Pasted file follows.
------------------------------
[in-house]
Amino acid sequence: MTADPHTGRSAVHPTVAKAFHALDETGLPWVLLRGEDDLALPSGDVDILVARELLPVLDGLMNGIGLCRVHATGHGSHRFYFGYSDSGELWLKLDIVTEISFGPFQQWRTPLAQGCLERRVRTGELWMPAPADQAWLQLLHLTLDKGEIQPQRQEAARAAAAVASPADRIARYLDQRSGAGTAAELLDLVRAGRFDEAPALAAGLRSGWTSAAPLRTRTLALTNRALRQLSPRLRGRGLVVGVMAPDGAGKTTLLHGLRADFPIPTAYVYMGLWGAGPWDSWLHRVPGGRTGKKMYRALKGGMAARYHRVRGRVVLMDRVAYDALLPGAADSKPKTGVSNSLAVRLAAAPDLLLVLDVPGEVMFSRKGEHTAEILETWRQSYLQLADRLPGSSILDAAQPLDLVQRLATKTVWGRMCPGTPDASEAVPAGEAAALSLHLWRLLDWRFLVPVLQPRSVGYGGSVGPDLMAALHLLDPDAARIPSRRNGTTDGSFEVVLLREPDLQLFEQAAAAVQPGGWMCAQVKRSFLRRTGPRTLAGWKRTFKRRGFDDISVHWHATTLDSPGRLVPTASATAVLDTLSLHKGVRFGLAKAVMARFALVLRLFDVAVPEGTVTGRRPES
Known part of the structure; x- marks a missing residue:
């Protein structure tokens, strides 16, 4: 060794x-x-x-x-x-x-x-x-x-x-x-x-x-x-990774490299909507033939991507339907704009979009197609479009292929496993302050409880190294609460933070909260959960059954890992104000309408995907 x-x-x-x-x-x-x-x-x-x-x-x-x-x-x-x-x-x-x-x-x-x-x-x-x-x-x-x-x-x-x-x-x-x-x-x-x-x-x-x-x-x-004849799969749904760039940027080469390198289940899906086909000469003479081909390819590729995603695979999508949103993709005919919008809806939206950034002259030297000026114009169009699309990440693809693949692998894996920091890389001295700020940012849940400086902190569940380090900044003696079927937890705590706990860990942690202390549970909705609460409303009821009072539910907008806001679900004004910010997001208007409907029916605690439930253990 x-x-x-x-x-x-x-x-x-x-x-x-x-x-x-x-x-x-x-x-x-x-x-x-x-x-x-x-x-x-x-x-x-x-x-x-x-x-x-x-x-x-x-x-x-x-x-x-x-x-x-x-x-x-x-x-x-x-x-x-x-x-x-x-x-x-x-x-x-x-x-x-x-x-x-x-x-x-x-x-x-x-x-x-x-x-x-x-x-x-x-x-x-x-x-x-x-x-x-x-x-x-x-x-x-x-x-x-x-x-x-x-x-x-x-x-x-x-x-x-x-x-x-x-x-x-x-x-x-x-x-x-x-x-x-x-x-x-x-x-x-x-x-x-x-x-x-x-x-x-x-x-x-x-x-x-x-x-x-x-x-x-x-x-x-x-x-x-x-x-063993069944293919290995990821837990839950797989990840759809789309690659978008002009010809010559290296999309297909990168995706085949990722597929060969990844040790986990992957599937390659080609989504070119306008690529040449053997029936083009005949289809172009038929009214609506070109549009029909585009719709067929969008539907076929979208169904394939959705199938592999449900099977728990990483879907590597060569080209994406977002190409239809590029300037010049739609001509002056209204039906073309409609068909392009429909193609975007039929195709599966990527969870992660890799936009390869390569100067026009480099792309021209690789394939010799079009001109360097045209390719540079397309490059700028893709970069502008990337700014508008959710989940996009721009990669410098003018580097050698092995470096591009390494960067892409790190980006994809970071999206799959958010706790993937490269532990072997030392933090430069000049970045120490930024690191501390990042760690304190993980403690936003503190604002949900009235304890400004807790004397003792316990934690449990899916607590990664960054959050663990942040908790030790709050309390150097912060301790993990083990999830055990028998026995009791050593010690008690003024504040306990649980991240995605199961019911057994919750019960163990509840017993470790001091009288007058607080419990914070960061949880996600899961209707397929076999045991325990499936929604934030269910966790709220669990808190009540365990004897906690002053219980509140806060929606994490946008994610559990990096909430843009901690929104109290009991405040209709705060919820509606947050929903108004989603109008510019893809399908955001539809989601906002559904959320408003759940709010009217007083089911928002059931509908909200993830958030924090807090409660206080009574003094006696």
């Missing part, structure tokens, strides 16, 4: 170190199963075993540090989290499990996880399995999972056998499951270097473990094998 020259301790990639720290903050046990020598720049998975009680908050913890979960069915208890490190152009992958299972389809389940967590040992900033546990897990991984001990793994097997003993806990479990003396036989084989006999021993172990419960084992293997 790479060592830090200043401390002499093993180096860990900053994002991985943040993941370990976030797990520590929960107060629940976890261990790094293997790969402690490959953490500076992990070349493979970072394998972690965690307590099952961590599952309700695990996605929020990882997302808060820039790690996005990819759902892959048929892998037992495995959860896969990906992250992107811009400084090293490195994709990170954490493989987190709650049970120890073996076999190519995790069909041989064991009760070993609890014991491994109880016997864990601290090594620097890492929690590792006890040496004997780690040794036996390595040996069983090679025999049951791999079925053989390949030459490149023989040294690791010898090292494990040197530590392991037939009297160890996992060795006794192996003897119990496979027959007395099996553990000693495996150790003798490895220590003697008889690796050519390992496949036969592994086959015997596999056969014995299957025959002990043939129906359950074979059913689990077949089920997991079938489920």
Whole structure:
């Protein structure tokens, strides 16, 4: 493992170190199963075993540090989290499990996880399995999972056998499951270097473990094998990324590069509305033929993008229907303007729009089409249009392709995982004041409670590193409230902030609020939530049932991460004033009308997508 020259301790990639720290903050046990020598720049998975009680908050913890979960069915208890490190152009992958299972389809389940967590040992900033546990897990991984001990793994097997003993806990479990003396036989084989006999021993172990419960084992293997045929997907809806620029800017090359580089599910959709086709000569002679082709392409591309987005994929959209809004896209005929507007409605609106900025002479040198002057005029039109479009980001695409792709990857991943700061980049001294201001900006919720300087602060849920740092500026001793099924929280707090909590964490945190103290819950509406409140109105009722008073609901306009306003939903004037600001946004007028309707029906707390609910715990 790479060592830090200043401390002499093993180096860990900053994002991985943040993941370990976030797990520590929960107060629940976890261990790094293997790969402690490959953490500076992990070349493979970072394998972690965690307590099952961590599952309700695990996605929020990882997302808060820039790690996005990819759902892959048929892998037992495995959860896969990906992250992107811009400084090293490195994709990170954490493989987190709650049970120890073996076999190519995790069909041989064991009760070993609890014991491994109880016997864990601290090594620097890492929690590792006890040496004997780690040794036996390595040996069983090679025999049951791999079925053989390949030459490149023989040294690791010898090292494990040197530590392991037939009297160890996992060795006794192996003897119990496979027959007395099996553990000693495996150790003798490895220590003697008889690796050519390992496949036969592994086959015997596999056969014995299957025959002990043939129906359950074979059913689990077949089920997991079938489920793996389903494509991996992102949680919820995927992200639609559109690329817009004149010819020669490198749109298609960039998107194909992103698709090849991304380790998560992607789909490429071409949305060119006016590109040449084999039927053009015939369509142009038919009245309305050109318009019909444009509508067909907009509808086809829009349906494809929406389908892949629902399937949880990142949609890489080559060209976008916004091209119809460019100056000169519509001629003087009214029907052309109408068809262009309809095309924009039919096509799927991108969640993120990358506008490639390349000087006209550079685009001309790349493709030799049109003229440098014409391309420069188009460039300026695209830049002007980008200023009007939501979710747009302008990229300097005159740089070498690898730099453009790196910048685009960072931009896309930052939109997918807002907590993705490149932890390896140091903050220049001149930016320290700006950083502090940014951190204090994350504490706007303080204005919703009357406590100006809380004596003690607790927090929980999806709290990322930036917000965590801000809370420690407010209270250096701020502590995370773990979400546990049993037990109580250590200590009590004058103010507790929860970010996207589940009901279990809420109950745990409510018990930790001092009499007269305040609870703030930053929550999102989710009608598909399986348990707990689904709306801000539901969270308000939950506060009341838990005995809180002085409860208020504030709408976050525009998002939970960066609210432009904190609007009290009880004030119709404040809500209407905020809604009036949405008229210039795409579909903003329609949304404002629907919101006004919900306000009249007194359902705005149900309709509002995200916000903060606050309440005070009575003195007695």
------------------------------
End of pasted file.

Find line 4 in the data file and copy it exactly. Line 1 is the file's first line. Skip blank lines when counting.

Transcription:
């Protein structure tokens, strides 16, 4: 060794x-x-x-x-x-x-x-x-x-x-x-x-x-x-990774490299909507033939991507339907704009979009197609479009292929496993302050409880190294609460933070909260959960059954890992104000309408995907 x-x-x-x-x-x-x-x-x-x-x-x-x-x-x-x-x-x-x-x-x-x-x-x-x-x-x-x-x-x-x-x-x-x-x-x-x-x-x-x-x-x-004849799969749904760039940027080469390198289940899906086909000469003479081909390819590729995603695979999508949103993709005919919008809806939206950034002259030297000026114009169009699309990440693809693949692998894996920091890389001295700020940012849940400086902190569940380090900044003696079927937890705590706990860990942690202390549970909705609460409303009821009072539910907008806001679900004004910010997001208007409907029916605690439930253990 x-x-x-x-x-x-x-x-x-x-x-x-x-x-x-x-x-x-x-x-x-x-x-x-x-x-x-x-x-x-x-x-x-x-x-x-x-x-x-x-x-x-x-x-x-x-x-x-x-x-x-x-x-x-x-x-x-x-x-x-x-x-x-x-x-x-x-x-x-x-x-x-x-x-x-x-x-x-x-x-x-x-x-x-x-x-x-x-x-x-x-x-x-x-x-x-x-x-x-x-x-x-x-x-x-x-x-x-x-x-x-x-x-x-x-x-x-x-x-x-x-x-x-x-x-x-x-x-x-x-x-x-x-x-x-x-x-x-x-x-x-x-x-x-x-x-x-x-x-x-x-x-x-x-x-x-x-x-x-x-x-x-x-x-x-x-x-x-x-x-063993069944293919290995990821837990839950797989990840759809789309690659978008002009010809010559290296999309297909990168995706085949990722597929060969990844040790986990992957599937390659080609989504070119306008690529040449053997029936083009005949289809172009038929009214609506070109549009029909585009719709067929969008539907076929979208169904394939959705199938592999449900099977728990990483879907590597060569080209994406977002190409239809590029300037010049739609001509002056209204039906073309409609068909392009429909193609975007039929195709599966990527969870992660890799936009390869390569100067026009480099792309021209690789394939010799079009001109360097045209390719540079397309490059700028893709970069502008990337700014508008959710989940996009721009990669410098003018580097050698092995470096591009390494960067892409790190980006994809970071999206799959958010706790993937490269532990072997030392933090430069000049970045120490930024690191501390990042760690304190993980403690936003503190604002949900009235304890400004807790004397003792316990934690449990899916607590990664960054959050663990942040908790030790709050309390150097912060301790993990083990999830055990028998026995009791050593010690008690003024504040306990649980991240995605199961019911057994919750019960163990509840017993470790001091009288007058607080419990914070960061949880996600899961209707397929076999045991325990499936929604934030269910966790709220669990808190009540365990004897906690002053219980509140806060929606994490946008994610559990990096909430843009901690929104109290009991405040209709705060919820509606947050929903108004989603109008510019893809399908955001539809989601906002559904959320408003759940709010009217007083089911928002059931509908909200993830958030924090807090409660206080009574003094006696």